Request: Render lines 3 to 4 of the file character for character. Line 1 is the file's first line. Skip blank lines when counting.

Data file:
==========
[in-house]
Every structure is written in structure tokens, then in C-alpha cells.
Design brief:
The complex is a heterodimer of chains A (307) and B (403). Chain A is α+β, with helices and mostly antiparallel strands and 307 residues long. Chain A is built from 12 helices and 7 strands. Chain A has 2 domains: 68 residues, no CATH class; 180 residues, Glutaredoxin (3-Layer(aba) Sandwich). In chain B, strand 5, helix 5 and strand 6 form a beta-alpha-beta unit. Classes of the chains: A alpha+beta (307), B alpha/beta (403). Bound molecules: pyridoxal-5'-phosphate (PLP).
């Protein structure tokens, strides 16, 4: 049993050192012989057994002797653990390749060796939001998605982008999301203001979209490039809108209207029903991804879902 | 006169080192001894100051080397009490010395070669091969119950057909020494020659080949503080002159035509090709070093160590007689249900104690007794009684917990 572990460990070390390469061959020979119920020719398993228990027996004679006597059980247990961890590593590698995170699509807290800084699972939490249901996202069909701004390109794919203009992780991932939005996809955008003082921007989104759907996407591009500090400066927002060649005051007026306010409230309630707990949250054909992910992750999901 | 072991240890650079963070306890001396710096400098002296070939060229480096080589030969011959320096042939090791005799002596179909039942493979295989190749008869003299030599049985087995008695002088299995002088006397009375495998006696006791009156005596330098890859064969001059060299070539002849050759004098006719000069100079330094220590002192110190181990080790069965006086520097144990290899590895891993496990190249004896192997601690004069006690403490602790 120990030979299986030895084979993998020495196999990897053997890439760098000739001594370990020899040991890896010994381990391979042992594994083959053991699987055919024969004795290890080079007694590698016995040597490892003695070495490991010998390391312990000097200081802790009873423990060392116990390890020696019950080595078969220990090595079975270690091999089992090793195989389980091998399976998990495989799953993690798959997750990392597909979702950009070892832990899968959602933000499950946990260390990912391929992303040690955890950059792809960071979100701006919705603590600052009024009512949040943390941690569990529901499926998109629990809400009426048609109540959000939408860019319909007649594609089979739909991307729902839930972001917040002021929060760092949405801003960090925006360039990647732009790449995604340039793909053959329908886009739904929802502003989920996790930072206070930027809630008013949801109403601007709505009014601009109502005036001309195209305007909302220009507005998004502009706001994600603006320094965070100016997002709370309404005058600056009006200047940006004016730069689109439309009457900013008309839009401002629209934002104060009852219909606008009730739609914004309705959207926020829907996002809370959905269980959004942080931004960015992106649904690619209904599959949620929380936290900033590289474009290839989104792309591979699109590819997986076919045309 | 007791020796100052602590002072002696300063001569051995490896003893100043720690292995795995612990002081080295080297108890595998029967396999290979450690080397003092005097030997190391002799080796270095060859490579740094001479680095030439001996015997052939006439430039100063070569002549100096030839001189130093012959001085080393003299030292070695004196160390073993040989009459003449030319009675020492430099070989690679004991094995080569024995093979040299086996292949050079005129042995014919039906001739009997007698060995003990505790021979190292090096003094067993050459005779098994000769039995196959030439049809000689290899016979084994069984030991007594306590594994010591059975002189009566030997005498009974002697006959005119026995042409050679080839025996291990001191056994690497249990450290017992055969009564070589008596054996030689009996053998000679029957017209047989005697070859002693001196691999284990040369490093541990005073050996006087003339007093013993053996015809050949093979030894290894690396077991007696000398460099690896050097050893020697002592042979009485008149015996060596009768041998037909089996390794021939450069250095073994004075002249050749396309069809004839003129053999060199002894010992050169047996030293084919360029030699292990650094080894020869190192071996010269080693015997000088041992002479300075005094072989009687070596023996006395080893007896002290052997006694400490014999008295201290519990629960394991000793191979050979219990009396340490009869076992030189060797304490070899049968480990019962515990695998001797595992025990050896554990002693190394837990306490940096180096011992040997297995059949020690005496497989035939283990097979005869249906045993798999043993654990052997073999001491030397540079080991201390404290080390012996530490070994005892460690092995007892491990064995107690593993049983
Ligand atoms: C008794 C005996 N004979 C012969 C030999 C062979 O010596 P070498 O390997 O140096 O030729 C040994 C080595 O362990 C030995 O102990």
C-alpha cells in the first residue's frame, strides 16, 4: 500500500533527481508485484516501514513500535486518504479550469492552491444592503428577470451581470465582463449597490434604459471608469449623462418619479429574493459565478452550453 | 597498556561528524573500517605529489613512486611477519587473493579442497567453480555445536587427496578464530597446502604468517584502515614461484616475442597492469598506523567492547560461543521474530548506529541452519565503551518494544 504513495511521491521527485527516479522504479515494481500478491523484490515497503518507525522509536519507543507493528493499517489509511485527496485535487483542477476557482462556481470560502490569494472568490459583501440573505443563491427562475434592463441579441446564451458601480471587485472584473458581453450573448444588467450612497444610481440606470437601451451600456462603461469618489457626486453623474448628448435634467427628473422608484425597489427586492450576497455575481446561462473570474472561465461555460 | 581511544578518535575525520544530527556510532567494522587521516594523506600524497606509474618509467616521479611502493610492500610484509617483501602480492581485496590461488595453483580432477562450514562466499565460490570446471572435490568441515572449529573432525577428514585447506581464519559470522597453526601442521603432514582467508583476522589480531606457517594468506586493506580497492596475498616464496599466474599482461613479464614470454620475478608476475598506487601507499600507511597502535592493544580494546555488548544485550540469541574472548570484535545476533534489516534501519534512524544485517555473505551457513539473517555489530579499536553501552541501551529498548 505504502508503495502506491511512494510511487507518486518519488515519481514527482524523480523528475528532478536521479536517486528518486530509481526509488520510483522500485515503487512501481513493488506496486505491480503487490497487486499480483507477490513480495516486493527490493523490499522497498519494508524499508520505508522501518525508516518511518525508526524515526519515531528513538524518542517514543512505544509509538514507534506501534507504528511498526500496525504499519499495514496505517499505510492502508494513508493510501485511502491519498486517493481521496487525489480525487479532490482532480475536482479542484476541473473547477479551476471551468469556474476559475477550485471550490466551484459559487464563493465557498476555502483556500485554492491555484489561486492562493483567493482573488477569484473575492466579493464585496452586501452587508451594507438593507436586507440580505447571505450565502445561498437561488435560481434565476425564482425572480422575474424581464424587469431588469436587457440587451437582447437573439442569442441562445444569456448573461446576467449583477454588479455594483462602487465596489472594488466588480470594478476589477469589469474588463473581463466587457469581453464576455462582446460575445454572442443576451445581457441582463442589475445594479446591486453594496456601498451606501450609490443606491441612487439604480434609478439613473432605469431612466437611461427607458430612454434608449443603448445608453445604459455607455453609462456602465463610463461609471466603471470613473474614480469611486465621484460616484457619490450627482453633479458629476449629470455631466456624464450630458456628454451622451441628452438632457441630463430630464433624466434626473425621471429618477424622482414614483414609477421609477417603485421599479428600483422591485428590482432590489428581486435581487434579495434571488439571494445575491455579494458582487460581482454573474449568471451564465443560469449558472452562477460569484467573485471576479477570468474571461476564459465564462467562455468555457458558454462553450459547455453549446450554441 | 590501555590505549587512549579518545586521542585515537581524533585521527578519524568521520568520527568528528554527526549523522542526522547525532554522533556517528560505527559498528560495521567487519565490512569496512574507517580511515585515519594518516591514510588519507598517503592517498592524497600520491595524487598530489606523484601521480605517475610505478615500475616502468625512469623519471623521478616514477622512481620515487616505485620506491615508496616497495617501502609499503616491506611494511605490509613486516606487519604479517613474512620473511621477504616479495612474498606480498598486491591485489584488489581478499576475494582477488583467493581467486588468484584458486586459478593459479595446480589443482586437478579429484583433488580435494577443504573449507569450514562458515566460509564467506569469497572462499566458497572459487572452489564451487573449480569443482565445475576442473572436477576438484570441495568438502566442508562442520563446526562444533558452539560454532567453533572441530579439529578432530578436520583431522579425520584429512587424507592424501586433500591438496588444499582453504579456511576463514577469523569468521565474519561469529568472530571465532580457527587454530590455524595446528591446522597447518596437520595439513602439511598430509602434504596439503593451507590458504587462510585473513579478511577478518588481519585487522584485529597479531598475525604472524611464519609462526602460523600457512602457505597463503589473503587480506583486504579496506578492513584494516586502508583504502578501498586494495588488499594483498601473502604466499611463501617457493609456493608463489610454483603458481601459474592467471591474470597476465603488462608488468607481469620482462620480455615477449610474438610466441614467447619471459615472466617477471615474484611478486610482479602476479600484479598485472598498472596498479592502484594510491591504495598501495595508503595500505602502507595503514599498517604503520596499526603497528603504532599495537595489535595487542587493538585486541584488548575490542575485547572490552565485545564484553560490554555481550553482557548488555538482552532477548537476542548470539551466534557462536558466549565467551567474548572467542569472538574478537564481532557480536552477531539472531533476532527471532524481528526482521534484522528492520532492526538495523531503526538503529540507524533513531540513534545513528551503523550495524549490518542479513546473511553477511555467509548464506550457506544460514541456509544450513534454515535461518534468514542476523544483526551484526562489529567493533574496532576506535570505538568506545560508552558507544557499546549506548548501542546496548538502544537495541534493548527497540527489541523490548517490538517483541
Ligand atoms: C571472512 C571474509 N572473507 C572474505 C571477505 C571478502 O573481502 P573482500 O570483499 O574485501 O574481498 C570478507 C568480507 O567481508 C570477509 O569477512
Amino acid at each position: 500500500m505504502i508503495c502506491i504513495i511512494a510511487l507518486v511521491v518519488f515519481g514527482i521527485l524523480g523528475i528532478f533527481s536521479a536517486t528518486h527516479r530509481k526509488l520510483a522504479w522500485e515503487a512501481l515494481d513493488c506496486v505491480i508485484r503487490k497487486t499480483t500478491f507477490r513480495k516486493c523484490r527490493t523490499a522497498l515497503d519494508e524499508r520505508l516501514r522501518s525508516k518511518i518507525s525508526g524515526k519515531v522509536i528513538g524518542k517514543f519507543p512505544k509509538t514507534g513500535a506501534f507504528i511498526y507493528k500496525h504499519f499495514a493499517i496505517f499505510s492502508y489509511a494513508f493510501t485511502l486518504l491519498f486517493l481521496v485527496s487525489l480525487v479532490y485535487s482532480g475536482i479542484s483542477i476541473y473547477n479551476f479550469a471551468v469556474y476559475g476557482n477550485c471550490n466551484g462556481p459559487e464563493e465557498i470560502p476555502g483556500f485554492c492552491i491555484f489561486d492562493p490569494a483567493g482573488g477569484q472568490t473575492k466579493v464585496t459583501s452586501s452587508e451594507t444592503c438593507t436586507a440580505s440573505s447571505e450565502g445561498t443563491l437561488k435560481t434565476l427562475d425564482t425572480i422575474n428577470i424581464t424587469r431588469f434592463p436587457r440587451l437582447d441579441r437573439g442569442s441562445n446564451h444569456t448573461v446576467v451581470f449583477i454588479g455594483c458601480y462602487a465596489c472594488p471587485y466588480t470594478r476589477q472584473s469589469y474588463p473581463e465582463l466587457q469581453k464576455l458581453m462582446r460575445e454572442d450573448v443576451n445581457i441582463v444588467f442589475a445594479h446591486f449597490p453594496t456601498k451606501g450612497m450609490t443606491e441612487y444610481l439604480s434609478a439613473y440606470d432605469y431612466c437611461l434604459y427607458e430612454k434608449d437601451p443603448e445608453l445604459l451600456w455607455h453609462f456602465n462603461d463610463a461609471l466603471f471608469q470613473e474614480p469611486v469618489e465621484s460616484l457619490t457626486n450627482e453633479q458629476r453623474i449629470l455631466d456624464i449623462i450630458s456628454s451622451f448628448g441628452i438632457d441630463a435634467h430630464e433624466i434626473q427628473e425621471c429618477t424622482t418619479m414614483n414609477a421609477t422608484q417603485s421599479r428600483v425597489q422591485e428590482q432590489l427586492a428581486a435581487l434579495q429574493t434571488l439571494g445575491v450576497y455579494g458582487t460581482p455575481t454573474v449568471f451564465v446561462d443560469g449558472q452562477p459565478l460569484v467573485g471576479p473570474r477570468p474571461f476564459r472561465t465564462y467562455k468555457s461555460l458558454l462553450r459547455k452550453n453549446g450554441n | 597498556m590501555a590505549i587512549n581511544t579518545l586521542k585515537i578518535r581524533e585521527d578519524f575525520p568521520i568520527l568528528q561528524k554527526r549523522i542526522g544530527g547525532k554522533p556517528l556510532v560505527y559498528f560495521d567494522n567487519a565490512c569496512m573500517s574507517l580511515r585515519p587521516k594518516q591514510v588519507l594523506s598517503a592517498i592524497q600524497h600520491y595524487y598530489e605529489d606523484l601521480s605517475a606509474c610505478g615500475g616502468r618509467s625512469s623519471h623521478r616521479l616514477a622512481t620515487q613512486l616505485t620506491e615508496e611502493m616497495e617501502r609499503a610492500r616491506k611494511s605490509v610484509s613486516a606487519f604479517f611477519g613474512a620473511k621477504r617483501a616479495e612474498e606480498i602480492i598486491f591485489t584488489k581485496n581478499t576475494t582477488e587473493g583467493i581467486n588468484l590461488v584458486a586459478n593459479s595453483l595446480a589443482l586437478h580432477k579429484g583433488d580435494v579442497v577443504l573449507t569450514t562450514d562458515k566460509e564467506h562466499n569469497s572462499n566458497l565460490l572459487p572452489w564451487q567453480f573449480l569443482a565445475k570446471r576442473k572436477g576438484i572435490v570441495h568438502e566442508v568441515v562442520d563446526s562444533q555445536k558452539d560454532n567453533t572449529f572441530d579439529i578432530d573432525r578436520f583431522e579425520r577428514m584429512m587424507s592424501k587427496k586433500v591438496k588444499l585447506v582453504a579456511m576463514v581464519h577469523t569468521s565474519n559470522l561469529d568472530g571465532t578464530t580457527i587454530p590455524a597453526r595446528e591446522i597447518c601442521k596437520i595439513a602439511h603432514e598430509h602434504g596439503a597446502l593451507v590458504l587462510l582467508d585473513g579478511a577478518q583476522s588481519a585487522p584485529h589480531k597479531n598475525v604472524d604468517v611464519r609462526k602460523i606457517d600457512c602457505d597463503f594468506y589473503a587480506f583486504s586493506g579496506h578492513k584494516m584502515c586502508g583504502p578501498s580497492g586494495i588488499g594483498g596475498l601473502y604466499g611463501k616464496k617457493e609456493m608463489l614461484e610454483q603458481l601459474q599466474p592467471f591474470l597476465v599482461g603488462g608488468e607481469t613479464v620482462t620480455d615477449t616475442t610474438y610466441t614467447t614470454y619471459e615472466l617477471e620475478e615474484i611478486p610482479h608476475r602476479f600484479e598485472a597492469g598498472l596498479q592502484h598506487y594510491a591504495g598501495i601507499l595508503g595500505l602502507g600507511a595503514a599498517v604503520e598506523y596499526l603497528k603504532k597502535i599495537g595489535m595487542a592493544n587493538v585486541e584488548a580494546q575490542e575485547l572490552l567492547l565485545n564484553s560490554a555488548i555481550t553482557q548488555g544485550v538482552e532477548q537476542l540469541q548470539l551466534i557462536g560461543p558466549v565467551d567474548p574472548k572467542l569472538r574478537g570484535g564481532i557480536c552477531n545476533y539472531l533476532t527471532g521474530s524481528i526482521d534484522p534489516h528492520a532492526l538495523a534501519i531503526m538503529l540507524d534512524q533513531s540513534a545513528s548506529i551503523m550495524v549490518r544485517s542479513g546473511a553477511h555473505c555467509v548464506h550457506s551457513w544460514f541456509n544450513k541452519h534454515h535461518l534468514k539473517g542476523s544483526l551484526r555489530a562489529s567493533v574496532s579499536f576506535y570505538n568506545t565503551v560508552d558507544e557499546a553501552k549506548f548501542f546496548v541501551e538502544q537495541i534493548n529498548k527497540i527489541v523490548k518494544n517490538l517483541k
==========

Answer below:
Design brief:
The complex is a heterodimer of chains A (307) and B (403). Chain A is α+β, with helices and mostly antiparallel strands and 307 residues long. Chain A is built from 12 helices and 7 strands. Chain A has 2 domains: 68 residues, no CATH class; 180 residues, Glutaredoxin (3-Layer(aba) Sandwich). In chain B, strand 5, helix 5 and strand 6 form a beta-alpha-beta unit. Classes of the chains: A alpha+beta (307), B alpha/beta (403). Bound molecules: pyridoxal-5'-phosphate (PLP).